Inside cabins: These cabins are usually the lowest price. Typically they will have twin beds that convert to a queen size, a private bath with a shower, a closet for hanging clothes, a dresser and a television. These cabins do not have a window to let natural light in. To help give the occupants an impression of having a view, some inside cabins have a virtual view. That means there is a large screen that displays outside views. Expect to pay $100 to $200 a night for an inside cabin.
Cabins are priced based on location on the ship. Typically cabins on lower decks are less expensive. Typically cabins midship (in the middle part of a deck) cost higher. Balcony and Suite cabins on the very aft of the ship can also be more expensive than other cabins.
Exception: Carnival has several cabins which are classified as inside cabins but actually have a french glass door which allows light into the room (no balcony, but the door can be opened). Carnival also has some cabins that have a window, but because the window has an obstructed view (that means there is a railing or object in the way) it is listed as an inside cabin. Royal Caribbean has some cabins that have a window but look out over an inside promenade area. These are called "promenade staterooms".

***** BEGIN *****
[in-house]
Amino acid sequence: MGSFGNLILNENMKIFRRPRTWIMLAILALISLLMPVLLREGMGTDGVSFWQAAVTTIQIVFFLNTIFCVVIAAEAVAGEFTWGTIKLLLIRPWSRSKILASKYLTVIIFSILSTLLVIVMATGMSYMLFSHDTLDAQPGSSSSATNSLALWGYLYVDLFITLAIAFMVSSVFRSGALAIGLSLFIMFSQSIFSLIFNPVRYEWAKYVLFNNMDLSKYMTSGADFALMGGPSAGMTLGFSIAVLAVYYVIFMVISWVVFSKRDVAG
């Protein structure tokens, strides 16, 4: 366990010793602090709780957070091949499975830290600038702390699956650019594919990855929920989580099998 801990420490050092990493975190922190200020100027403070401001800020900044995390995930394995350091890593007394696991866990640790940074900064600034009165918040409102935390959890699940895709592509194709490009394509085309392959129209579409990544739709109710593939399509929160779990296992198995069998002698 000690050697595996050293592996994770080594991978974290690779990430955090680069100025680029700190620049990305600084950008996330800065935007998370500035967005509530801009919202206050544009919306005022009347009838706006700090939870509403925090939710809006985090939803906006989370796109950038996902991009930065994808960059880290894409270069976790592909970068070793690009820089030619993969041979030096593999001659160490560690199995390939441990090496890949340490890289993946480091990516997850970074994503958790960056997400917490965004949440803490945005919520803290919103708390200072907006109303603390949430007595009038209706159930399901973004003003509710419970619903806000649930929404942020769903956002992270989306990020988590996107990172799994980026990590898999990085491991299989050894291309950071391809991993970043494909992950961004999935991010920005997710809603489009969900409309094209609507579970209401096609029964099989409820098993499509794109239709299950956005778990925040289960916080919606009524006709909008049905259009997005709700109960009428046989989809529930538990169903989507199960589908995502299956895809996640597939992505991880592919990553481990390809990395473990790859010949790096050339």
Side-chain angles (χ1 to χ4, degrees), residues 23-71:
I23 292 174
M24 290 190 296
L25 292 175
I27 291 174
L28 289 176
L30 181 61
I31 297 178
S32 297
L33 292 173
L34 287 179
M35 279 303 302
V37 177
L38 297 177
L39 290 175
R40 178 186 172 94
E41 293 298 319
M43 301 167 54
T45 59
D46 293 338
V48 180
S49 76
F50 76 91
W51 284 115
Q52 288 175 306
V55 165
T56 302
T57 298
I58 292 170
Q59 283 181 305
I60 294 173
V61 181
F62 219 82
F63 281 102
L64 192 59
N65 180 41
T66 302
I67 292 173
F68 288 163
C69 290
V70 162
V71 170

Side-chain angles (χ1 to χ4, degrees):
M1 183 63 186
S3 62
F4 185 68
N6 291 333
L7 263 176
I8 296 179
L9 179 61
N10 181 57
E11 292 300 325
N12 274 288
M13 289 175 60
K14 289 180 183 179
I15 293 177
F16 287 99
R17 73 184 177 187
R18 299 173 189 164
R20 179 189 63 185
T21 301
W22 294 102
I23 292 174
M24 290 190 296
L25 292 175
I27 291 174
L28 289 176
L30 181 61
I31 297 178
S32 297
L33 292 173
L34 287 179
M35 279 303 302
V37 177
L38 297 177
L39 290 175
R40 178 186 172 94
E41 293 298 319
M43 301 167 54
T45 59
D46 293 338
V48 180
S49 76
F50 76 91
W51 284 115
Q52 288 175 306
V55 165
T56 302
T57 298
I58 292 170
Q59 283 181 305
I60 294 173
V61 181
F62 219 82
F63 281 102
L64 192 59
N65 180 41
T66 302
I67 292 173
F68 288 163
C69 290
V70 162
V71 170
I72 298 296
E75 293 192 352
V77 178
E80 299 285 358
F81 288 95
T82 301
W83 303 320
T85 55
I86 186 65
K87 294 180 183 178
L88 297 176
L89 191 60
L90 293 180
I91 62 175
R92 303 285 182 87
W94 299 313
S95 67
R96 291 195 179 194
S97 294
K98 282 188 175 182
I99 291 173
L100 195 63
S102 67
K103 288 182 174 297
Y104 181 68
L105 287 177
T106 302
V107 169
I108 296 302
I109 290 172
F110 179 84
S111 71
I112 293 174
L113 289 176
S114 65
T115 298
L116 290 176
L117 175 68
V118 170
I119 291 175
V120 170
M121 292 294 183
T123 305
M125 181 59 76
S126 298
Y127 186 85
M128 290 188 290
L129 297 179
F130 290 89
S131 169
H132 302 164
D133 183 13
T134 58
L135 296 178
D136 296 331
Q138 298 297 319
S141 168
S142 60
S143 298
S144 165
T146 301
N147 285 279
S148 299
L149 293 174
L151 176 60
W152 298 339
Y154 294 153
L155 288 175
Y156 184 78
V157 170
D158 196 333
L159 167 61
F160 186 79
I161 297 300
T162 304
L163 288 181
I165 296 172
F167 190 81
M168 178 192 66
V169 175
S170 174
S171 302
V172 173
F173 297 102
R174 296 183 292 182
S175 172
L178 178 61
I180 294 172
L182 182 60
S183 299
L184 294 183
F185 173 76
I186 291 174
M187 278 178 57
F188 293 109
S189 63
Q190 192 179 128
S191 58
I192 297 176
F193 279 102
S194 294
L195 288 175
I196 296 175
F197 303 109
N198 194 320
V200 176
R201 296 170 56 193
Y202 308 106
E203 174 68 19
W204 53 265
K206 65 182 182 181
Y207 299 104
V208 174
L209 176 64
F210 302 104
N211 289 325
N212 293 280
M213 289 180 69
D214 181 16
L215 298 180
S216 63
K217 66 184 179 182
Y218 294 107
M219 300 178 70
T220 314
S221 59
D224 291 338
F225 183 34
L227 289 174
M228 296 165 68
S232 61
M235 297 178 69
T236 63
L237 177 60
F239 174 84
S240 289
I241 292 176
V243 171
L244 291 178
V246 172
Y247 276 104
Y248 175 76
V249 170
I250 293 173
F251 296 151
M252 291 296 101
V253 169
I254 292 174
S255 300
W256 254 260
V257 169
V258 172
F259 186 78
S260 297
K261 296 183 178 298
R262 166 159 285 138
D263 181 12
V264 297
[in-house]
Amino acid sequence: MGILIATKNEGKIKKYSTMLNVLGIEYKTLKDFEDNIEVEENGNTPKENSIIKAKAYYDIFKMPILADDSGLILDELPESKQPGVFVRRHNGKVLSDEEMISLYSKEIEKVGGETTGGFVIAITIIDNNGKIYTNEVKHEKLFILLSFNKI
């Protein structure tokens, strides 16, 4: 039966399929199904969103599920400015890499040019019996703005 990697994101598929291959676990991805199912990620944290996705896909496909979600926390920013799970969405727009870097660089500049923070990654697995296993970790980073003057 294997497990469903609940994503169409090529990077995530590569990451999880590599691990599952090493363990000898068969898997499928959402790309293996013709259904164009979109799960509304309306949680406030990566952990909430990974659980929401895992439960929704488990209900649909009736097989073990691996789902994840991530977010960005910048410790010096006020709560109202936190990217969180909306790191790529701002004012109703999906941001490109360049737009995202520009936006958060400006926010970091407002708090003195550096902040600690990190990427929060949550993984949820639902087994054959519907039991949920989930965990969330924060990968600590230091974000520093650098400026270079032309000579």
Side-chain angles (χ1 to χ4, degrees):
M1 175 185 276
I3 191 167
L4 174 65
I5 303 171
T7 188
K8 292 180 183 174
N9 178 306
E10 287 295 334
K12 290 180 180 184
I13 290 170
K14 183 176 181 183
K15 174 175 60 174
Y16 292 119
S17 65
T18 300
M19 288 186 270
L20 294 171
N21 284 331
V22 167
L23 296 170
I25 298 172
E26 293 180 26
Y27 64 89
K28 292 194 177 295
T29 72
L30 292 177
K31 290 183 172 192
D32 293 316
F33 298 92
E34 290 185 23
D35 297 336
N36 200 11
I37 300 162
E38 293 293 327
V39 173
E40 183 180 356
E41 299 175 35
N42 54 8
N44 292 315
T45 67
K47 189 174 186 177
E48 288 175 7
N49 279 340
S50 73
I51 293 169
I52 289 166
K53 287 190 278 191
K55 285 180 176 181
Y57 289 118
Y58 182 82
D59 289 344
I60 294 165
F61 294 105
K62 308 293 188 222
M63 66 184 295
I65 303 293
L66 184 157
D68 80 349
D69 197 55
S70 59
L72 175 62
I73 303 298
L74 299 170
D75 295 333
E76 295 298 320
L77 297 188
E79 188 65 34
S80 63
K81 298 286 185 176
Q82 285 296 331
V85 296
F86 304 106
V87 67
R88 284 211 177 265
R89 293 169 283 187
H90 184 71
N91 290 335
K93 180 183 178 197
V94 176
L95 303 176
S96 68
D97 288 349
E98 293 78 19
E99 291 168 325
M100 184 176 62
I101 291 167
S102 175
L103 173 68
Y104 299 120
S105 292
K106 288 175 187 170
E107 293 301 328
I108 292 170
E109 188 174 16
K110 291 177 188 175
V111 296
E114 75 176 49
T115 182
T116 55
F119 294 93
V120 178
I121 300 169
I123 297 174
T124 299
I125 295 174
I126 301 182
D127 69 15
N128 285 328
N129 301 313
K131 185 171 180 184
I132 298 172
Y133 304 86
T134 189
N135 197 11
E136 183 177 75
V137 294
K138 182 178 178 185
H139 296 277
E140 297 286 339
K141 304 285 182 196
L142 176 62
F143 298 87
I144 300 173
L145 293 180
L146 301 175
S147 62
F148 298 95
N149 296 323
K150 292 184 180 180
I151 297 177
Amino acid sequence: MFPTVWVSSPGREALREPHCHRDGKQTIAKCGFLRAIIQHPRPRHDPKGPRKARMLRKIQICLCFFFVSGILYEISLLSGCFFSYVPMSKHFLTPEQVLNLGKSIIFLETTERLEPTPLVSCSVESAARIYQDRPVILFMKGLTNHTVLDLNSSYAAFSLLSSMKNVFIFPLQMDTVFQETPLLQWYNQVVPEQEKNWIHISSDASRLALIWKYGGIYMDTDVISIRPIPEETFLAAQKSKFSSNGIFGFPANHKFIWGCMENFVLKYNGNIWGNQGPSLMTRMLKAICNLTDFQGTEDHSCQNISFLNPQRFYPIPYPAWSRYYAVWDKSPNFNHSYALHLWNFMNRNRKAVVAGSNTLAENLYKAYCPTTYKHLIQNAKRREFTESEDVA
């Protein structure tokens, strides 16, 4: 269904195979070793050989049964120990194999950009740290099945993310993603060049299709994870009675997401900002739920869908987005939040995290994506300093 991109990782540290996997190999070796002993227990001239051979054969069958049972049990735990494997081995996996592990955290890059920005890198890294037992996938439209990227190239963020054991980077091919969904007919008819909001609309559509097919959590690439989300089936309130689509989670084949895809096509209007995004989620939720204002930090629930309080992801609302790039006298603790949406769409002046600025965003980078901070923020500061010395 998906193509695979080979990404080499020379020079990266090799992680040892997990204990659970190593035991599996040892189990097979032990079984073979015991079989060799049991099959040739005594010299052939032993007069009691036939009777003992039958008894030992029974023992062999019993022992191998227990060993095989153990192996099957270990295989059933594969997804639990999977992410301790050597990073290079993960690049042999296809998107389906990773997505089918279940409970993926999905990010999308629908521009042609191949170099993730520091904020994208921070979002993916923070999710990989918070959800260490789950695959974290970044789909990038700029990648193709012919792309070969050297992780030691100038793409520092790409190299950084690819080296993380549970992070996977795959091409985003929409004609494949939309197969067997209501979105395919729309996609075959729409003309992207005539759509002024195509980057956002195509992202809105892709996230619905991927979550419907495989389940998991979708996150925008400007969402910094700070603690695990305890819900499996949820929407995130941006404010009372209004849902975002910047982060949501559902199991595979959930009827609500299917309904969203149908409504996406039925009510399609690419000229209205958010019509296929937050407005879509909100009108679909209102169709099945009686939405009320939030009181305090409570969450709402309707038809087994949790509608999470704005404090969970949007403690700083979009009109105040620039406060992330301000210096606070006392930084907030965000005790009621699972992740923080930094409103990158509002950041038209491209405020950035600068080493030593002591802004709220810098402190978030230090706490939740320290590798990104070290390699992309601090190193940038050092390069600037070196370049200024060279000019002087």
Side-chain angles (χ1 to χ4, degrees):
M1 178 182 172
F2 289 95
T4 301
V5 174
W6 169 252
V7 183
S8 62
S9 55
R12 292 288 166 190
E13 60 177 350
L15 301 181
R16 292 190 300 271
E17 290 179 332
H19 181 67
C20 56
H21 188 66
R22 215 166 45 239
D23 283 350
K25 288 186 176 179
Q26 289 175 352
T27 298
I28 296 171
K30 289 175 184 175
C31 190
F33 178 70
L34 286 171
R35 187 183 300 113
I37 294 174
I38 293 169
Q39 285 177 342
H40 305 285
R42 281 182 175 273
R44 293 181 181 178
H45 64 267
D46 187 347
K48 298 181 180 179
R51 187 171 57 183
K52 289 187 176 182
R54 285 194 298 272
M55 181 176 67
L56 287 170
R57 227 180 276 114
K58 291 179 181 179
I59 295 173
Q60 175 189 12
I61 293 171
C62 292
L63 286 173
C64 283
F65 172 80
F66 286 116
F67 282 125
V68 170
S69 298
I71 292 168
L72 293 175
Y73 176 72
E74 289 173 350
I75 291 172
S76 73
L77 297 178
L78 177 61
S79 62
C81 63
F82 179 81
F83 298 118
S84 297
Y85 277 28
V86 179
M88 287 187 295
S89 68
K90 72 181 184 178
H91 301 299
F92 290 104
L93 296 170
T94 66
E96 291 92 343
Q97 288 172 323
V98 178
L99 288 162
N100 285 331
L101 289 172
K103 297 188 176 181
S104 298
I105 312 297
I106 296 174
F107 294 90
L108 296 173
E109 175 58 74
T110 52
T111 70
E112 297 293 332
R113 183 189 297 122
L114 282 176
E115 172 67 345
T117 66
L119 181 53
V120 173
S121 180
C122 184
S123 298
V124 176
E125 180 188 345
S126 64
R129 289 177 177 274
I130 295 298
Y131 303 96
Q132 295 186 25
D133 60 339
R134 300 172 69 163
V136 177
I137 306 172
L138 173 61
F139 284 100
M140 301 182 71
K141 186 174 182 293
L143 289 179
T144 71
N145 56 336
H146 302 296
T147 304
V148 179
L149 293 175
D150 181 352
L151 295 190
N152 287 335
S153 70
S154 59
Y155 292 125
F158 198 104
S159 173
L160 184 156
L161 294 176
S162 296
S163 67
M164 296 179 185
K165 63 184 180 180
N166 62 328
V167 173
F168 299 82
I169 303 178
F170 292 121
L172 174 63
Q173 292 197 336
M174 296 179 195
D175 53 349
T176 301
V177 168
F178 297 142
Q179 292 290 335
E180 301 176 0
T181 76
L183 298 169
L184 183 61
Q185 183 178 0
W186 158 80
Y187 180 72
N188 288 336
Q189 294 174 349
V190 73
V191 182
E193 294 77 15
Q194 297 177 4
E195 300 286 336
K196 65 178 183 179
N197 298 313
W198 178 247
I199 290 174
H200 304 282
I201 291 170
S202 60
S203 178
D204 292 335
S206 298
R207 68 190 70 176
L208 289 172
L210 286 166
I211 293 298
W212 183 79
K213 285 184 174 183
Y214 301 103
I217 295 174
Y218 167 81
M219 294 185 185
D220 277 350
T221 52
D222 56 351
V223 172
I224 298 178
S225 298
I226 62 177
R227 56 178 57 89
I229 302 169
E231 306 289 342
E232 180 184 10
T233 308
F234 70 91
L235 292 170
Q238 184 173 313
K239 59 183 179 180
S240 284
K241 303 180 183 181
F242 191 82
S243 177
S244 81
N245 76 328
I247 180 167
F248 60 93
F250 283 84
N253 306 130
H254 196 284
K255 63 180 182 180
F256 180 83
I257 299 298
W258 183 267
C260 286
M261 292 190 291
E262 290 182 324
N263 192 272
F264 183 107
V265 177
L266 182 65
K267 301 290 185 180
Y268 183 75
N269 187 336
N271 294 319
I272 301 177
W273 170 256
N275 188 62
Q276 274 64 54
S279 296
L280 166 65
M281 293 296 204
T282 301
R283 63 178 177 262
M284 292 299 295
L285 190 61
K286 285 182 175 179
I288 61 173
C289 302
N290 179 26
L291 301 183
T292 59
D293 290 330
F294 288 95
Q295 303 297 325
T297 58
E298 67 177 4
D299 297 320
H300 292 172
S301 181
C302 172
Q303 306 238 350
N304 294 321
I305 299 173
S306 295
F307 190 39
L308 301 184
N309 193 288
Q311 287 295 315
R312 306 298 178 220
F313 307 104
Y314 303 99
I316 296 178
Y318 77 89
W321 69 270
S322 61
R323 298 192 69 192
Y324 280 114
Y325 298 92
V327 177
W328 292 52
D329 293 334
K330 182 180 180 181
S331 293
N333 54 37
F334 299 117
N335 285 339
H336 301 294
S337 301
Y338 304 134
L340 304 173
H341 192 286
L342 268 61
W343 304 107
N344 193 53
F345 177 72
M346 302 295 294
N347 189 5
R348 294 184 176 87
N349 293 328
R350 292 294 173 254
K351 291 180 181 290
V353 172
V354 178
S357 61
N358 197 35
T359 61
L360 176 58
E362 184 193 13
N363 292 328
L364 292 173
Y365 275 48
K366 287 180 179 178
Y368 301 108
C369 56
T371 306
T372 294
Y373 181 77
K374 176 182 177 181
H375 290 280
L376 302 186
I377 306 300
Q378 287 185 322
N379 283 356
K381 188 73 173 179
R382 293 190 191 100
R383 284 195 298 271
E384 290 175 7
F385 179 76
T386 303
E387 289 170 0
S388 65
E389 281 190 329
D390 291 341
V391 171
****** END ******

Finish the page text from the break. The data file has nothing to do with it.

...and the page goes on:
If you tend to get seasick, cabin location is really important. It is a question of engineering, really. The lower and more central you are in a ship, the less roll and sway you will feel. Even if you choose a balconied stateroom, choose the lowest level and the most midship one you can find. The higher decks and cabins at the very front (forward) or back (aft) of the ship will rock and roll the most.